Mercola.com says magnesium helps detoxify your body of environmental toxins and prevent migraines and cardiovascular diseases. Some studies show it could even reduce the risk of developing diabetes for those who are high risk. But despite its incredible benefits to our bodies, Mercola says 80 percent of us have a magnesium deficiency. 
The symptoms of a magnesium deficiency include: decrease in appetite, nausea and vomiting, fatigue and weakness. A severe deficiency can cause numbness, muscle cramps, seizures, abnormal heart rhythms, changes in personality and low levels of potassium or calcium.
To get your magnesium levels back on track, you don't need to resort to supplements. Instead it's important to consume dark-green leafy vegetables like seaweed, spinach, or Swiss chard. Some kinds of beans, nuts, and seeds — like pumpkin, sunflower and sesame seeds — are also great sources of magnesium, as are avocados. 
3. Vitamin D 
The best way to get vitamin D is to let it soak into your skin from the sun, but the benefits of this vitamin are much deeper than that. Vitamin D is key to bone health, and without it, Everyday Health says it can actually cause osteoporosis.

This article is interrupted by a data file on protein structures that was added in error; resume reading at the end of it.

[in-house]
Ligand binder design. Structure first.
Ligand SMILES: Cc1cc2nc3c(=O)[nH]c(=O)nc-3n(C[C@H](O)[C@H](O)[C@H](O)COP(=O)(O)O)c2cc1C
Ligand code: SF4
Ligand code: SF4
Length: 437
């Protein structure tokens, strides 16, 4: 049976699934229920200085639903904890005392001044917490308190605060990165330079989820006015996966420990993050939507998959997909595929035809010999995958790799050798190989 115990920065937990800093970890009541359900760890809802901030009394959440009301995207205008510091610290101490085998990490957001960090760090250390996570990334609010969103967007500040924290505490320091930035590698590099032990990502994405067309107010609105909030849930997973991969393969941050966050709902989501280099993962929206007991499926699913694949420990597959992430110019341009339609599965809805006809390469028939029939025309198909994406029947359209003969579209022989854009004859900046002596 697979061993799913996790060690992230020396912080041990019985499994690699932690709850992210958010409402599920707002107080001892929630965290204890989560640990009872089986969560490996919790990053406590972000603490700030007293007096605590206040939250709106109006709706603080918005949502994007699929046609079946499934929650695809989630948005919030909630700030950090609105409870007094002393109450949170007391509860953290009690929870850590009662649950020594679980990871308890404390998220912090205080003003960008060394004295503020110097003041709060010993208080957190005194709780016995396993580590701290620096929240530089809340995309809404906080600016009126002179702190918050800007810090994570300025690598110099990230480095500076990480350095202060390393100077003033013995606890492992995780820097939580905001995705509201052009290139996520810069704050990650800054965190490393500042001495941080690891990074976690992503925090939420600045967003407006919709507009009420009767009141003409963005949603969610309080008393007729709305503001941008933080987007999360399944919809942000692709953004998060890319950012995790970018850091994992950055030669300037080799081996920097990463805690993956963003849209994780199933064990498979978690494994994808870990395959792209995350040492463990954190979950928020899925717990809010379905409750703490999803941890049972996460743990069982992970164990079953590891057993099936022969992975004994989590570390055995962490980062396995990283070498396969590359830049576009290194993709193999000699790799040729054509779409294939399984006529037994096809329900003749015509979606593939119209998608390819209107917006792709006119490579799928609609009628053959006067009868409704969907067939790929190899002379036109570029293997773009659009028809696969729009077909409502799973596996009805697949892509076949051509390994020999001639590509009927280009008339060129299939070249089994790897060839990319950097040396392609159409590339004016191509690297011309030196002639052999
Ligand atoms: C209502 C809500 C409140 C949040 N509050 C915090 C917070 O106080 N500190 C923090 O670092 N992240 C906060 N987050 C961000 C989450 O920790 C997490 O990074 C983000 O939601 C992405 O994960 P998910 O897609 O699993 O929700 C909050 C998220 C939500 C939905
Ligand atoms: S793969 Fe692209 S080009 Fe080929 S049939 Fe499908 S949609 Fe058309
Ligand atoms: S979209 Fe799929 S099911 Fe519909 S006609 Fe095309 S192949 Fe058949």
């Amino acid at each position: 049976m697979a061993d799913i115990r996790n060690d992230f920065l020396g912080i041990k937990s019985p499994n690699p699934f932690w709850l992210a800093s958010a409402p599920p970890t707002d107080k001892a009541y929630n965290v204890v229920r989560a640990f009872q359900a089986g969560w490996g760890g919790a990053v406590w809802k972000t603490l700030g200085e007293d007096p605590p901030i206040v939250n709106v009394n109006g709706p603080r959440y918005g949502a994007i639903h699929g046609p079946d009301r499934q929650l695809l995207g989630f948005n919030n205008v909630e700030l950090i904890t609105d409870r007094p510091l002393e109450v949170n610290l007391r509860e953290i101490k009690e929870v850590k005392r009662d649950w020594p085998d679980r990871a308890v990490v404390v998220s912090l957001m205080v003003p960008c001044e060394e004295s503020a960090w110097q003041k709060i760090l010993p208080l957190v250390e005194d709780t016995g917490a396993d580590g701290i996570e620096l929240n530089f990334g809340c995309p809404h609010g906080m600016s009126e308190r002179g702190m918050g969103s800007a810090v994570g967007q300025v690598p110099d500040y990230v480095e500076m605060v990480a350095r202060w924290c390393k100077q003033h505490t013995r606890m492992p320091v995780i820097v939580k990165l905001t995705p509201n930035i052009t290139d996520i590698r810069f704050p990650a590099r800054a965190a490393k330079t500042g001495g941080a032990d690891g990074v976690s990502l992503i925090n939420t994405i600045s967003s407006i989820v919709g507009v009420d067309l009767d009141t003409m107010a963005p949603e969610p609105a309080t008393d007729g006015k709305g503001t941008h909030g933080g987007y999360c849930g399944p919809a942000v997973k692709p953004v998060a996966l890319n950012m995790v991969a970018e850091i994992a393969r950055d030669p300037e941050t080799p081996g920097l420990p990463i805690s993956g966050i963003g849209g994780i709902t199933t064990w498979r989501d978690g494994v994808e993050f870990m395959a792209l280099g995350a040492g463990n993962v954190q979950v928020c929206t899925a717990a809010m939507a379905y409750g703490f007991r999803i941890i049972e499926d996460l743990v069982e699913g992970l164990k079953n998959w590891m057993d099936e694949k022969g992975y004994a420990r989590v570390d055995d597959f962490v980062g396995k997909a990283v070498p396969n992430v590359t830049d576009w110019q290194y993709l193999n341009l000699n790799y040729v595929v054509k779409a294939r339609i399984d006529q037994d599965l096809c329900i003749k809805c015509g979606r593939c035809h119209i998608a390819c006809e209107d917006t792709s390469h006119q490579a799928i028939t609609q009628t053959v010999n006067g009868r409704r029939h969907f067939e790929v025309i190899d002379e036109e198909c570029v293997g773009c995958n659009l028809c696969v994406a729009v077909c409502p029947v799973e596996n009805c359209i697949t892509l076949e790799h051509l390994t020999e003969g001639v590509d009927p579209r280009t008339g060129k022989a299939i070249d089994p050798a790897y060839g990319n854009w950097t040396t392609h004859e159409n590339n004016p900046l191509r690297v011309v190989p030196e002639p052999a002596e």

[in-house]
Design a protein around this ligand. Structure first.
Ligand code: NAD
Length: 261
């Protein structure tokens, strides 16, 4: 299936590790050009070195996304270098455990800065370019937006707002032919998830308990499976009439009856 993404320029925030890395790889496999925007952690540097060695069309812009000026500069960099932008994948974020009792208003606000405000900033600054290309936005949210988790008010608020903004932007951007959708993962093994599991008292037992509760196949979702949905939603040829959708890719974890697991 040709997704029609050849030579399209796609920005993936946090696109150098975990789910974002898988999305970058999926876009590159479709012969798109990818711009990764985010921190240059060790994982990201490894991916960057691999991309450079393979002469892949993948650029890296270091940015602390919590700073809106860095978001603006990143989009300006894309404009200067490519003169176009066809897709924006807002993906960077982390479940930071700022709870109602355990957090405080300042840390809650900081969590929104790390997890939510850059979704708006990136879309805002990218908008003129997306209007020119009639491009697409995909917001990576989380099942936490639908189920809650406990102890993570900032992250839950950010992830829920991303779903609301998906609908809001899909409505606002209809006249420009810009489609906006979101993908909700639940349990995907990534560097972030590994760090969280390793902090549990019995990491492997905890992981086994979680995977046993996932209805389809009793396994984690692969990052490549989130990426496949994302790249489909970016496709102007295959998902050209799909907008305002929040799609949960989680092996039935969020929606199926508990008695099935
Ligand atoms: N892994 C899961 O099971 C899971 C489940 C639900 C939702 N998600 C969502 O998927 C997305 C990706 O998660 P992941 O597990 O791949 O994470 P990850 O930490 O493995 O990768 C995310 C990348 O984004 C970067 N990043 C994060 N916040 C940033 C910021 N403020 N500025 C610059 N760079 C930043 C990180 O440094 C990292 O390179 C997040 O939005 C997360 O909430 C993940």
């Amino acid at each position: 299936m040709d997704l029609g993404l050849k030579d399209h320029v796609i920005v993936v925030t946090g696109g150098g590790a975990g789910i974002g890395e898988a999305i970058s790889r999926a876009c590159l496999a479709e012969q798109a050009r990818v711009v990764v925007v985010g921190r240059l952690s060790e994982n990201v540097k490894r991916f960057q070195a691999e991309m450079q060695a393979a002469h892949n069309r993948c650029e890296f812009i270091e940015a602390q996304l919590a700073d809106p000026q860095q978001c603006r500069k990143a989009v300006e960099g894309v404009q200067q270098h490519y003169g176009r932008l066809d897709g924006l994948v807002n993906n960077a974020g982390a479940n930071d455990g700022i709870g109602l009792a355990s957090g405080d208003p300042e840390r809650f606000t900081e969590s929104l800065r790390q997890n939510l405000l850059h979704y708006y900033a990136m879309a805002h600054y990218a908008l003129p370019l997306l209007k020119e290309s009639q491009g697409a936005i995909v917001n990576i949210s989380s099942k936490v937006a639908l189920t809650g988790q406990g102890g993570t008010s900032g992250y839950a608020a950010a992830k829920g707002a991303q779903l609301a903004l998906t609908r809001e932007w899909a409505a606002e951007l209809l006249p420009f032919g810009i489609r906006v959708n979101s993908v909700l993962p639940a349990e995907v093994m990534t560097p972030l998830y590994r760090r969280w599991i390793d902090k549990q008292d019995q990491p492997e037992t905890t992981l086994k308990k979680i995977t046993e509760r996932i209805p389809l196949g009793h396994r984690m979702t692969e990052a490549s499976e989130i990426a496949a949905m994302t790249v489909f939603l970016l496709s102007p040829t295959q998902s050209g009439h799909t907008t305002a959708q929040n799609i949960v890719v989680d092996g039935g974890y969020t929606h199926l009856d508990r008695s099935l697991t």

The symptoms of a vitamin D deficiency include: fatigue and muscle aches or weakness, being over the age of 50, obesity, feeling blue, head sweating and poor immune function. 
To get the vitamin D you need, Mercola.com suggests getting out into the sun. You need only enough sunlight to make your skin one shade darker; any more than that is harmful to your body and actually won't help you produce more vitamin D. Everyday Health says you can also reach for fortified milk and yogurt daily, as well as fatty fish.
4. Iron
Iron is so important to your health because it helps your body make the red blood cells it needs. When your iron levels are too low, your body can't carry enough oxygen, which can cause serious problems.
The symptoms of low iron, according to Everyday Health, include: fatigue, pale skin and dull, thin, sparse hair. 
If you need a boost of iron, opt for some iron-filled foods like beef, oysters, spinach, lentils and beans — such as white beans, chickpeas and kidney beans.